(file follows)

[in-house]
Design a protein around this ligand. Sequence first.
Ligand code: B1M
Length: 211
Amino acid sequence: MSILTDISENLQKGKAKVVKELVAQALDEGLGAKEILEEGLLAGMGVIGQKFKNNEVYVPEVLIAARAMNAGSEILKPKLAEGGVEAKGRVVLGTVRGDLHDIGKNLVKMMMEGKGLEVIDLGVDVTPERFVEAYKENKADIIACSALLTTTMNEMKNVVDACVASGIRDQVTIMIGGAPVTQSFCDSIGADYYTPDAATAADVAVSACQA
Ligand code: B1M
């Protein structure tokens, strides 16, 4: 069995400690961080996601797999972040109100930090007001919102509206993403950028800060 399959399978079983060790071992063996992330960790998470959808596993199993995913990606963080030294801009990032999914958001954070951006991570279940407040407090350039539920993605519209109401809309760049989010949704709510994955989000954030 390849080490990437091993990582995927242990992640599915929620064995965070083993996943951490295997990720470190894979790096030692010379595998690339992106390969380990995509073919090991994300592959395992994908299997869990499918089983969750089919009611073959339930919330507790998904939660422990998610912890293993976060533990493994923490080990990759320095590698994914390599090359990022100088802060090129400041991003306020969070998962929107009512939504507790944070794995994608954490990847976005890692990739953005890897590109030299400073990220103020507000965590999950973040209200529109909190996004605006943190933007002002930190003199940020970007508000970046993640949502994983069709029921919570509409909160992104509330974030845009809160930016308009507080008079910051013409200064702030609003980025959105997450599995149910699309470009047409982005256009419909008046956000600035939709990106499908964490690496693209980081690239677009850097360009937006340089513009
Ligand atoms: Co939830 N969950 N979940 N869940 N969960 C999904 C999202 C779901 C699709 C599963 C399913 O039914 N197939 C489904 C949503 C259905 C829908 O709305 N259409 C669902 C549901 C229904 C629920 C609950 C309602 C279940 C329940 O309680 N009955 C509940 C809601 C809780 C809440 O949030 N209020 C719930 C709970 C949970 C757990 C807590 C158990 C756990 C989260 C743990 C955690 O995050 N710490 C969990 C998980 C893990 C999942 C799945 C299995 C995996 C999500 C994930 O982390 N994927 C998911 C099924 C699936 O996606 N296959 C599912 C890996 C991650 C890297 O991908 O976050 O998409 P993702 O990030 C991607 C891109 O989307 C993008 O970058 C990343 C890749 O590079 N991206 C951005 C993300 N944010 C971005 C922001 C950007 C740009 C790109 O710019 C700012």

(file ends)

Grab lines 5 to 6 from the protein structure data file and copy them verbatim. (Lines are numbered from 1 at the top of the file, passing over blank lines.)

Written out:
Amino acid sequence: MSILTDISENLQKGKAKVVKELVAQALDEGLGAKEILEEGLLAGMGVIGQKFKNNEVYVPEVLIAARAMNAGSEILKPKLAEGGVEAKGRVVLGTVRGDLHDIGKNLVKMMMEGKGLEVIDLGVDVTPERFVEAYKENKADIIACSALLTTTMNEMKNVVDACVASGIRDQVTIMIGGAPVTQSFCDSIGADYYTPDAATAADVAVSACQA
Ligand code: B1M